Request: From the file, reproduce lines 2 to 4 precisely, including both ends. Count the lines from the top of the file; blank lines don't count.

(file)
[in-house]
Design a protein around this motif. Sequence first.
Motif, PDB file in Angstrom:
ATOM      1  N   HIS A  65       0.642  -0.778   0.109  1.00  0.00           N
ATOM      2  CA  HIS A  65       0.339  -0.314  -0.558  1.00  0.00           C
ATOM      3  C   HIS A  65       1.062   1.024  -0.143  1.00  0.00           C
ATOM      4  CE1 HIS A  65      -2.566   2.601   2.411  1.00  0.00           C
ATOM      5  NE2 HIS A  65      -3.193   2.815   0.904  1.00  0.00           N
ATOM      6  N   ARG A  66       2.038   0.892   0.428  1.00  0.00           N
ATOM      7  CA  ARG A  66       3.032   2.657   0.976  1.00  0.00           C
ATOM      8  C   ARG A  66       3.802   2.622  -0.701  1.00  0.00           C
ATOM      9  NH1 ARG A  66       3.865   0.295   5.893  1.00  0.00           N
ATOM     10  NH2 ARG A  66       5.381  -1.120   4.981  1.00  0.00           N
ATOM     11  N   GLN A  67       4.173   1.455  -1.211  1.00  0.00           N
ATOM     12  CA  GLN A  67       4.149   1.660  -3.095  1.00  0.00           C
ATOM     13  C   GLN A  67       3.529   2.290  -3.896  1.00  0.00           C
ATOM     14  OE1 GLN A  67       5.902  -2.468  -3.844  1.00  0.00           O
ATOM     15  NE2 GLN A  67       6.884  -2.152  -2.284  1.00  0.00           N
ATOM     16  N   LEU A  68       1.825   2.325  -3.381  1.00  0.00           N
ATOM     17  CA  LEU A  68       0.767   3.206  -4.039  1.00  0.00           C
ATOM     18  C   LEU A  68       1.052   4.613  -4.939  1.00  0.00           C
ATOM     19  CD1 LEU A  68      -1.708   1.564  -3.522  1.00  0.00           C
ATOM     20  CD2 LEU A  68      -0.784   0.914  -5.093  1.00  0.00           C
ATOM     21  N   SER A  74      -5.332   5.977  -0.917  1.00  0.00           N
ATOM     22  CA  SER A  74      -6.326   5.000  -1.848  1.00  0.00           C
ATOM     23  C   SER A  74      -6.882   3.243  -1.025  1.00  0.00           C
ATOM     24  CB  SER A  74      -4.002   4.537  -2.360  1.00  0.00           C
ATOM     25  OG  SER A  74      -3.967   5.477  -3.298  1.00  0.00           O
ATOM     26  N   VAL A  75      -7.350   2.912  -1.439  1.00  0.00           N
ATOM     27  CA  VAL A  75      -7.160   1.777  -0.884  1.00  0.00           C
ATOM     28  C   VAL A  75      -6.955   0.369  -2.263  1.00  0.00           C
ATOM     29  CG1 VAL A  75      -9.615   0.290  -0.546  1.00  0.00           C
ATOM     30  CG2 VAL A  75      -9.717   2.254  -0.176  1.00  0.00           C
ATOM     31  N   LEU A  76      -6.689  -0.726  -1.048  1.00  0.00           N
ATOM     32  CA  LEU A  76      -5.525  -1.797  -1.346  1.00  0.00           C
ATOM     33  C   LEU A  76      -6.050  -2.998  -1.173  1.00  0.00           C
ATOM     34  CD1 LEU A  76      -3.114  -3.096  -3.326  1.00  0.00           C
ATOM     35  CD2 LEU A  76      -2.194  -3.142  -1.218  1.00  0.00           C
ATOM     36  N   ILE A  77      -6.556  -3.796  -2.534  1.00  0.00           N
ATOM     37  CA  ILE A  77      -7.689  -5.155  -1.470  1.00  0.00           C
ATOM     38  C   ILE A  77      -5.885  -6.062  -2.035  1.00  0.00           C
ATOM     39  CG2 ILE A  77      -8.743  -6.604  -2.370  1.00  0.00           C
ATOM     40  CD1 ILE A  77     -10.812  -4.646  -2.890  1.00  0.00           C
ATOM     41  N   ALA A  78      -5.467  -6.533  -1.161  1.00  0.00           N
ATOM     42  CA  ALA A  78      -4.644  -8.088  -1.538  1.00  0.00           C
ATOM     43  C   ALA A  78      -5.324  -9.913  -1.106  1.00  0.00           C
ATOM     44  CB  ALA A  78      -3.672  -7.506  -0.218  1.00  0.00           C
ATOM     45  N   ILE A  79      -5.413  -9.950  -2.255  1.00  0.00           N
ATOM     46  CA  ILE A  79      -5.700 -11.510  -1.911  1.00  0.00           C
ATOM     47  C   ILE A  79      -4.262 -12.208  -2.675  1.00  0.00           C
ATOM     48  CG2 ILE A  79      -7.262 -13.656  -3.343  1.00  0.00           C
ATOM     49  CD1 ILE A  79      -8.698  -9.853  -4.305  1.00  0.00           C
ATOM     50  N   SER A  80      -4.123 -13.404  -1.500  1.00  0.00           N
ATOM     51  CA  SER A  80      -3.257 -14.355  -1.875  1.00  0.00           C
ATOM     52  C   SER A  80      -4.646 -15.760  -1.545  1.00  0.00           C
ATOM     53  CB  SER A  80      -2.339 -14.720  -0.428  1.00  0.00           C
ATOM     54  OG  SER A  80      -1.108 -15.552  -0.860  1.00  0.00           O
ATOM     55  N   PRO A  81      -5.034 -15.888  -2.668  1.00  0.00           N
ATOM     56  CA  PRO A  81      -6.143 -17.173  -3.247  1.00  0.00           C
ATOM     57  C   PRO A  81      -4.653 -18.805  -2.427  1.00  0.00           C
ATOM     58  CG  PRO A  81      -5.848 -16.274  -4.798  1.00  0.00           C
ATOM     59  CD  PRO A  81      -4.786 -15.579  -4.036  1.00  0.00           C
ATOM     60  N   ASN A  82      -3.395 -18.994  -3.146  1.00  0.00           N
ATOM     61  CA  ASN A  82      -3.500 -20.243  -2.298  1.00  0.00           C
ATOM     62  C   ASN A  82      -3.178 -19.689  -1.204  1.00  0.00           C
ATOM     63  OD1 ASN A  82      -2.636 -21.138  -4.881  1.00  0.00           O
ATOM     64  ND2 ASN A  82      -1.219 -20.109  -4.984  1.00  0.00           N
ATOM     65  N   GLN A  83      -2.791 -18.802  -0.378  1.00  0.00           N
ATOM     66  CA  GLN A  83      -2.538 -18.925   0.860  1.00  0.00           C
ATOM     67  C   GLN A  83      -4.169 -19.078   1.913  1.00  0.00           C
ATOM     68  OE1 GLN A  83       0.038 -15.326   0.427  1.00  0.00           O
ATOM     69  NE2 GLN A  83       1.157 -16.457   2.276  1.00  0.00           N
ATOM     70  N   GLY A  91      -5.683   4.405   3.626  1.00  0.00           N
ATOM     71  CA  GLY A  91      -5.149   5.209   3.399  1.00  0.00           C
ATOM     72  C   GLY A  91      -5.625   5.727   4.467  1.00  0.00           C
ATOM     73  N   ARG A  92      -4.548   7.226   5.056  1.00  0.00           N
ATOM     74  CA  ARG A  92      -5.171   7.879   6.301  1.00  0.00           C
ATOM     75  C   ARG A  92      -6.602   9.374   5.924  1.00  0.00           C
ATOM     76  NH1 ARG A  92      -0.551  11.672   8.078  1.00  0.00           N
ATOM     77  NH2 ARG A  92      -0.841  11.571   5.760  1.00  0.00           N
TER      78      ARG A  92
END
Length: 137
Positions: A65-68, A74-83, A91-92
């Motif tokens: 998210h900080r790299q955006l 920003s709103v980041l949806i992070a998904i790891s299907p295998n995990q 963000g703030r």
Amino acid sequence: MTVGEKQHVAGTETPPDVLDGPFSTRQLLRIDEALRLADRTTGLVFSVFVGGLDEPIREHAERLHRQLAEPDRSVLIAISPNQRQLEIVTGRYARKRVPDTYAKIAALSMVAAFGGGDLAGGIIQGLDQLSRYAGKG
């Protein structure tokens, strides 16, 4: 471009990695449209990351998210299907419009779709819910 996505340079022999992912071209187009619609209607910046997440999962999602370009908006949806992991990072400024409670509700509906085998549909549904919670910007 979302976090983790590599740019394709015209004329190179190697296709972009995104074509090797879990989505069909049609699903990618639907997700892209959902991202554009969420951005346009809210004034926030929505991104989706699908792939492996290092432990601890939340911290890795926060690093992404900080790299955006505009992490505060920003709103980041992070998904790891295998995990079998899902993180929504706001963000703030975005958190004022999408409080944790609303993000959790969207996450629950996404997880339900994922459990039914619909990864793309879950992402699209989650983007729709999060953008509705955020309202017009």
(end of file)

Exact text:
Design a protein around this motif. Sequence first.
Motif, PDB file in Angstrom:
ATOM      1  N   HIS A  65       0.642  -0.778   0.109  1.00  0.00           N